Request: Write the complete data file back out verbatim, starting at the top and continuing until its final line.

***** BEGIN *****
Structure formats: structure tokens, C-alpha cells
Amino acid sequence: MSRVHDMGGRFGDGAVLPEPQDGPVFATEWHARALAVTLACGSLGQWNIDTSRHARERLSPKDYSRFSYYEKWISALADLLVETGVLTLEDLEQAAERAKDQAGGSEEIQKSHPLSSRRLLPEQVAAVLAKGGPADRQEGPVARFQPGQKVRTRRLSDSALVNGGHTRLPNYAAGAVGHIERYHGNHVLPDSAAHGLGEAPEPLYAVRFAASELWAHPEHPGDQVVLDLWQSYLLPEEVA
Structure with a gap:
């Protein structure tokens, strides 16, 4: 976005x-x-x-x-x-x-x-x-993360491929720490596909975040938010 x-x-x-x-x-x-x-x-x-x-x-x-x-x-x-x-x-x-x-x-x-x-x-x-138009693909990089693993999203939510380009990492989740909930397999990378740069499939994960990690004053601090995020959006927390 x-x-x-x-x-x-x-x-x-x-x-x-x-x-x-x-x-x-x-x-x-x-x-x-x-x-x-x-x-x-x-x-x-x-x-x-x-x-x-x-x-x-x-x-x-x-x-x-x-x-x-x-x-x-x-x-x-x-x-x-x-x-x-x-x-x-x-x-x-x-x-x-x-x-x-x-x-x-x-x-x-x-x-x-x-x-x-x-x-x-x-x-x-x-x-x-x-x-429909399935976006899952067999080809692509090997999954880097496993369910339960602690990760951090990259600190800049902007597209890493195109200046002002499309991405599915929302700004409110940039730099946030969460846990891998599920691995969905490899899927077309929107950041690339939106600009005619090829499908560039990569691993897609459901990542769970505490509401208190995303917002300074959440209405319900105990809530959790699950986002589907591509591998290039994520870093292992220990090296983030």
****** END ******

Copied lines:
Structure formats: structure tokens, C-alpha cells
Amino acid sequence: MSRVHDMGGRFGDGAVLPEPQDGPVFATEWHARALAVTLACGSLGQWNIDTSRHARERLSPKDYSRFSYYEKWISALADLLVETGVLTLEDLEQAAERAKDQAGGSEEIQKSHPLSSRRLLPEQVAAVLAKGGPADRQEGPVARFQPGQKVRTRRLSDSALVNGGHTRLPNYAAGAVGHIERYHGNHVLPDSAAHGLGEAPEPLYAVRFAASELWAHPEHPGDQVVLDLWQSYLLPEEVA
Structure with a gap:
């Protein structure tokens, strides 16, 4: 976005x-x-x-x-x-x-x-x-993360491929720490596909975040938010 x-x-x-x-x-x-x-x-x-x-x-x-x-x-x-x-x-x-x-x-x-x-x-x-138009693909990089693993999203939510380009990492989740909930397999990378740069499939994960990690004053601090995020959006927390 x-x-x-x-x-x-x-x-x-x-x-x-x-x-x-x-x-x-x-x-x-x-x-x-x-x-x-x-x-x-x-x-x-x-x-x-x-x-x-x-x-x-x-x-x-x-x-x-x-x-x-x-x-x-x-x-x-x-x-x-x-x-x-x-x-x-x-x-x-x-x-x-x-x-x-x-x-x-x-x-x-x-x-x-x-x-x-x-x-x-x-x-x-x-x-x-x-x-429909399935976006899952067999080809692509090997999954880097496993369910339960602690990760951090990259600190800049902007597209890493195109200046002002499309991405599915929302700004409110940039730099946030969460846990891998599920691995969905490899899927077309929107950041690339939106600009005619090829499908560039990569691993897609459901990542769970505490509401208190995303917002300074959440209405319900105990809530959790699950986002589907591509591998290039994520870093292992220990090296983030």